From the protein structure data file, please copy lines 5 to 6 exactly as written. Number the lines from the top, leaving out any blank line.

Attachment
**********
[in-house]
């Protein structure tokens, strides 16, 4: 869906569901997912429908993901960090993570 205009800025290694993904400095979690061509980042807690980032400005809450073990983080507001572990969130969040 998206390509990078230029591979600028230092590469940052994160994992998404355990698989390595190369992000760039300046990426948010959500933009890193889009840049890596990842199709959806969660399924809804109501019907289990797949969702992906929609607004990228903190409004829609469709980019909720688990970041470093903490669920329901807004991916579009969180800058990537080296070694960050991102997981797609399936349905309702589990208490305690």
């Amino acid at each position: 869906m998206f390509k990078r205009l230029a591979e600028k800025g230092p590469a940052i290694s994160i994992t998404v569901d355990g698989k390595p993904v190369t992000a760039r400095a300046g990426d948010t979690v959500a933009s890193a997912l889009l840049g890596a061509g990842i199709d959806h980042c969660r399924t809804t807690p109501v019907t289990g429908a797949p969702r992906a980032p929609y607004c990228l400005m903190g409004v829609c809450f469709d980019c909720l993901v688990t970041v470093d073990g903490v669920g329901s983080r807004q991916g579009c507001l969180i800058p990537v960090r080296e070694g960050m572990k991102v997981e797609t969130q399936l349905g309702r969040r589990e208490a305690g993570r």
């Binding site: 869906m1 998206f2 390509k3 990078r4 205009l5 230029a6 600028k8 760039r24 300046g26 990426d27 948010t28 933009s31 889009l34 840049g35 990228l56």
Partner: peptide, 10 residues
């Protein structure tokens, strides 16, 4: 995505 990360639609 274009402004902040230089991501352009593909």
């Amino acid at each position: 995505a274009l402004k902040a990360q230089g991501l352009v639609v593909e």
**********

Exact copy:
Partner: peptide, 10 residues
């Protein structure tokens, strides 16, 4: 995505 990360639609 274009402004902040230089991501352009593909």